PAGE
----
If an SID punches in that a player received a game disqualification penalty, which carries an automatic one-game suspension, Danehy would often verify it would the league's supervisor of officials to make sure it was a disqualification and not a misconduct (no suspension). Danehy didn't want the team's next opponent to think a player was suspended if he really wasn't.

Sometimes, Danehy was up as late as 2:30 or 3 a.m. fixing box scores.

"Everything we're realizing over the last couple of weeks is a testament of how well it was done by College Hockey Stats and Tim," said longtime college hockey reporter Todd Milewski of the Wisconsin State Journal. "Everyone is missing what's not there right now. To me, it's a question of whether we've made things better yet. I understand there was a reason this was done by the NCAA, but I wonder whether we're going to benefit from it or if we've lost something because of it. Tim has been a remarkable part of the college hockey landscape."

Danehy's role has gone far beyond stats.

All four NCAA hockey committees (men's and women's Division I and III) consult him on Pairwise Rankings data (the Pairwise system is used to select the NCAA tournament field).

Prior to the Pairwise calculators on College Hockey News and USCHO, coaches would contact Danehy as NCAA selection time approached, to ask exactly what they needed to do to get in.

When the coaches get to their annual April convention in Florida, they ask Danehy for tips on how to get an edge in the Pairwise Rankings formula (his advice is always the same: schedule the best teams you think you can beat in nonconference play).

When the National Collegiate Hockey Conference formed in 2013, the league’s coaches and athletic directors asked Danehy whether a 24-game or 28-game league schedule would be smarter in terms of its efforts to get as many teams into the NCAA tournament as possible.

Danehy now does the NCHC's conference schedules.

Last season, Hockey East was making its schedules on the fly and every team had a vastly different number of games played because of coronavirus-related issues. Hockey East consulted Danehy to come up with a formula that would determine seeding for its league playoffs.

“I don’t think fans truly understand what he did for the sport for so many years,” Fenton said. “Essentially, we have relied on Tim Danehy to compile and aggregate statistics at a national level for college hockey, both men and women. If you look at other sports across the NCAA spectrum, there hasn’t been this central repository that College Hockey Stats has provided. That’s because of the work he put in.

“He’s a brilliant person. I think he loves the game and loved doing it. I understand he wanted to take a little step back and that the NCAA was moving in a different direction with statistics. But he meant a great deal to our sport and will be missed.”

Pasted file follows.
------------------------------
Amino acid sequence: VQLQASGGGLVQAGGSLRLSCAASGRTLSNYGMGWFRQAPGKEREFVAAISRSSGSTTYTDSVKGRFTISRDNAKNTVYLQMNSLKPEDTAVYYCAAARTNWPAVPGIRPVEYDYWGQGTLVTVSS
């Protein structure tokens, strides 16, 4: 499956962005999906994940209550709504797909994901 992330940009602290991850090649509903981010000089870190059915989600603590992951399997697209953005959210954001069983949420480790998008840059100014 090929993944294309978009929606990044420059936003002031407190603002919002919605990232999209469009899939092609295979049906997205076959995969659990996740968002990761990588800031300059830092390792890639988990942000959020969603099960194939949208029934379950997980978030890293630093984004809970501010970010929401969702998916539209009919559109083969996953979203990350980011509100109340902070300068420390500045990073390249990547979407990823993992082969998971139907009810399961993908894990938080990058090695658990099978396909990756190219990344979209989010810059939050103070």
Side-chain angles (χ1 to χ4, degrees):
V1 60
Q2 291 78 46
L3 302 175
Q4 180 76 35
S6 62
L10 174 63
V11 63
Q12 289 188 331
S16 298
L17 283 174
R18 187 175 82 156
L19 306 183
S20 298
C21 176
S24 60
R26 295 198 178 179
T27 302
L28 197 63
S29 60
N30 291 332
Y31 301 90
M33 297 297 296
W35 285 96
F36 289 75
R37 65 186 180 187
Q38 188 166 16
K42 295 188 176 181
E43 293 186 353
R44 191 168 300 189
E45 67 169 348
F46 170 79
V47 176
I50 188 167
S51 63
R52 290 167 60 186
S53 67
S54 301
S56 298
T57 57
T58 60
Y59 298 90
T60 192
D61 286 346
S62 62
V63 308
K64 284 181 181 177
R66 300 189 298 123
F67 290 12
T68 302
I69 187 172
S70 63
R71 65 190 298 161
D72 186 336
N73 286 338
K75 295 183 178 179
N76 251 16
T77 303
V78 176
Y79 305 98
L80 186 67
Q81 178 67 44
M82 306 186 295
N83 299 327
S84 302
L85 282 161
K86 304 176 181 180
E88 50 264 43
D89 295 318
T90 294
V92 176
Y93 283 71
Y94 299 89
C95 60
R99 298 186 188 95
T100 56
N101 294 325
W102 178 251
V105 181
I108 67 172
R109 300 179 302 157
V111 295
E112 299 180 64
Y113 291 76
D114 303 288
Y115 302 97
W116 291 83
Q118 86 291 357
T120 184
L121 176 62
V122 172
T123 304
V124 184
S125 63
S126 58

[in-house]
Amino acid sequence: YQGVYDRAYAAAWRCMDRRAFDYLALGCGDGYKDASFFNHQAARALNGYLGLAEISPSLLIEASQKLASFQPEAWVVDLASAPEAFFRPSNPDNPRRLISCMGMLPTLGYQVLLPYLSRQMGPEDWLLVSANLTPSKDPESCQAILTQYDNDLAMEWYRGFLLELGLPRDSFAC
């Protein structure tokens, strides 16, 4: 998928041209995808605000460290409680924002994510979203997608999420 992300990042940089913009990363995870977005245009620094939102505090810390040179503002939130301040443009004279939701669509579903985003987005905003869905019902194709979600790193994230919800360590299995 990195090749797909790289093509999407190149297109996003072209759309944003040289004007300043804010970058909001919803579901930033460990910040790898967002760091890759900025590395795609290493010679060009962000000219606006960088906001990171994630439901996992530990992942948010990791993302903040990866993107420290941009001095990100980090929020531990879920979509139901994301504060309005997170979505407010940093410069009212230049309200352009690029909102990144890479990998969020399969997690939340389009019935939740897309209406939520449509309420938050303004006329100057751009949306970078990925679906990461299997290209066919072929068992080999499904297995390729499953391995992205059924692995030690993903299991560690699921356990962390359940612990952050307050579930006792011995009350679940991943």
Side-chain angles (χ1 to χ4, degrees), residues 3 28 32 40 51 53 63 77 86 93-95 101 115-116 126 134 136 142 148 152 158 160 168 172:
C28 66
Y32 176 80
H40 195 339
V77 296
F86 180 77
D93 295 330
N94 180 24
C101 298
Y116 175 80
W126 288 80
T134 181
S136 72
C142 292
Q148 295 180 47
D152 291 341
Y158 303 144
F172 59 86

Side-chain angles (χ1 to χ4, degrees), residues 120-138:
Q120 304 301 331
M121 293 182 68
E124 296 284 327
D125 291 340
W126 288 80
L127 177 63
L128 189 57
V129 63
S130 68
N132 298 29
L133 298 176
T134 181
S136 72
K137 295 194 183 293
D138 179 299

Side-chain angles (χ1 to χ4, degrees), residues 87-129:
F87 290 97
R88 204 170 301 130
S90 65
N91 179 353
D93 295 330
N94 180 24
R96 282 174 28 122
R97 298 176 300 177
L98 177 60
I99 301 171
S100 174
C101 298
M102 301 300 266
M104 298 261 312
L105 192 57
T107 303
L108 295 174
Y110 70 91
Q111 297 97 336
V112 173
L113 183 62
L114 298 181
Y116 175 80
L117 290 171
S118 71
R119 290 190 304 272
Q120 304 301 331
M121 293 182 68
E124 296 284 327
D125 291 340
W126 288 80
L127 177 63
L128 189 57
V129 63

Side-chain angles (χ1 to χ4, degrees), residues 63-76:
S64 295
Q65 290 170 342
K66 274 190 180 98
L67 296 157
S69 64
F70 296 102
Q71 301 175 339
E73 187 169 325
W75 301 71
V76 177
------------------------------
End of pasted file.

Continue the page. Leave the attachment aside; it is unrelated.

Humble beginnings

When Danehy started as the ECAC's statistician in the mid-1990s, things were much different.

Danehy received faxes each game night with goals in one column and penalties in another. He would plug the info into a computer system he custom built. Every Sunday, he’d fax Bertagna a big statistics report with team stats, league leaders and more.

“It was relatively primitive, but that was a big advance at the time,” Danehy said.

About three years later, as the internet became more prevalent, Danehy thought of a more efficient option. Instead of him sitting around waiting for faxes each night, he built a back end on the ECAC’s website where the sports information directors could enter game data directly. It worked.

“It was pretty bare bones,” Danehy said. “There was no penalty record, just team totals. The SIDs started entering that themselves and it all started showing up automatically on the website. Anyone with the internet could see that.

“The rest of college hockey saw what we were doing and they got interested, too.”

After getting the OK from the ECAC to start managing a national database, Danehy got collegehockeystats.net up and running. Not every league jumped on board right away in 1999.

Hockey East didn't come aboard until 2002. The Central Collegiate Hockey Association, the final holdout, finally joined in 2003.

"We were way ahead of the curve of the NCAA for quite a while," Danehy said. "When they did eventually start collecting game-level data for other sports, they chose not to do it for hockey, because they could get game-level data from me and had a one-stop source for that. At that point, you could consider that's when collegehockeystats.net became the official stats database of the NCAA, because we were the direct provider."

What does the future hold?

Schools began replacing their longtime stats system, StatCrew, with NCAA Live Stats beginning last season. Everyone is on NCAA Live Stats this season.

Right now, there are still things to get cleaned up with the new system. It is not processing line charts like the old StatCrew system. It does not have a place for SIDs to enter game officials.

Other bugs are popping up, too. For example, when teams are allowed to dress more than the usual number of players for exhibition games, NCAA Live Stats didn't have enough slots to add that many players to the box score.

Wodon worries about the accuracy of the data and stats without Danehy there to clean it up and distribute it to everyone.

"I worry about the integrity of the data drifting," Wodon said. "We've never had to worry. Our data, what the NCAA had, what Tim had, it was all the same. There's no official source, no middle man. It's a little scary for those of us who deal with data. I'm trying my hardest to be 100 percent accurate."

Danehy thinks a lot of the bugs will be worked out in short order.

"It's a good concept," Parkhurst said of the NCAA's cloud. "But it's not working like it should at this point and it's reflecting badly on all of us. We have to get through these growing pains."

As for Danehy, you may still see him at the rink. You're most likely to catch him at a St. Lawrence women's game. Perhaps, he will be at the Frozen Four in Boston in April. After all, he's only missed one Frozen Four since 1997.

“There are people that have such an immense impact on college hockey and beyond and Tim is one of those,” said Dave Fischer, USA Hockey's director for communications. “He’s a behind-the-scenes guy who deserves a ton of credit. He’s had an enormously positive impact on the sport for a long time.”